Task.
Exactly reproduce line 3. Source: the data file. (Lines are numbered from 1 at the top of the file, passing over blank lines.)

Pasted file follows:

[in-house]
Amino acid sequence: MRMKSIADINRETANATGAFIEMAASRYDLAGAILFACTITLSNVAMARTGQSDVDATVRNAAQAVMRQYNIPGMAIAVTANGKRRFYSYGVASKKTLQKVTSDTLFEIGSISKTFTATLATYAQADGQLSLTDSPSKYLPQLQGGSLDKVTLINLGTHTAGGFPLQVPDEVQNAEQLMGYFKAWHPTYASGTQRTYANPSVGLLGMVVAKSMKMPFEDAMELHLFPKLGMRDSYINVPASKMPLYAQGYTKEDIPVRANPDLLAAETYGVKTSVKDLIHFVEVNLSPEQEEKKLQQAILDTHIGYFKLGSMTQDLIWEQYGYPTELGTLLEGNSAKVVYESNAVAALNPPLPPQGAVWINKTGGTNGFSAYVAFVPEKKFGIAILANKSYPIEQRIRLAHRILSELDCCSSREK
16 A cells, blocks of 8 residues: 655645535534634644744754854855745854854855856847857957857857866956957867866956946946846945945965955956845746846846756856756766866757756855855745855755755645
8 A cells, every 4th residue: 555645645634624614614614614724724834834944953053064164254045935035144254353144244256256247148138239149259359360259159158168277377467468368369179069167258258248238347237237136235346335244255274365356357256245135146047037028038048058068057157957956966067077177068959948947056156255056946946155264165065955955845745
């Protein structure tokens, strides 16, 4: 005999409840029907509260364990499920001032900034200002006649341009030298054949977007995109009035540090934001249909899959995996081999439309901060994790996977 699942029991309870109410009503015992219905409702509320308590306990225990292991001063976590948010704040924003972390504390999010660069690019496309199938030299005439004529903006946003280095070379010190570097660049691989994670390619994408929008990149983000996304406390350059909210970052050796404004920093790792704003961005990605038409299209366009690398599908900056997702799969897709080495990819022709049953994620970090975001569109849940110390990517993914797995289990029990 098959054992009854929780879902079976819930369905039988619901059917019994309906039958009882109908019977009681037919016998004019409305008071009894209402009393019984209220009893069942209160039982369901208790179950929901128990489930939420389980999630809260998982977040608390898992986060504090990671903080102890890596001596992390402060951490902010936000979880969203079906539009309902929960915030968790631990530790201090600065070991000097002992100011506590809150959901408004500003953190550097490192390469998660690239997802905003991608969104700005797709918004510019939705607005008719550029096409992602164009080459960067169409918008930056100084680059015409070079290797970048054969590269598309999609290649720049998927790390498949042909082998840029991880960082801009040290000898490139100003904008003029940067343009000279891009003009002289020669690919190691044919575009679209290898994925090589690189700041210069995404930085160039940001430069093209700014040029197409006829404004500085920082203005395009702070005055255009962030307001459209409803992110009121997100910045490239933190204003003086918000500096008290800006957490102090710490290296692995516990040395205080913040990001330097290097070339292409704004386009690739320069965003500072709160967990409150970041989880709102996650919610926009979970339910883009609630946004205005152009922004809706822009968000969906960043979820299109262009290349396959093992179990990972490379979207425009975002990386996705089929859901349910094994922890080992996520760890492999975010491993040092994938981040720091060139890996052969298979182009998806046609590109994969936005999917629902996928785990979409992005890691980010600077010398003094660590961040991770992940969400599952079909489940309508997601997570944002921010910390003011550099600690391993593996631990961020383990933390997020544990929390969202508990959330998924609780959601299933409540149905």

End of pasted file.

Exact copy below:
16 A cells, blocks of 8 residues: 655645535534634644744754854855745854854855856847857957857857866956957867866956946946846945945965955956845746846846756856756766866757756855855745855755755645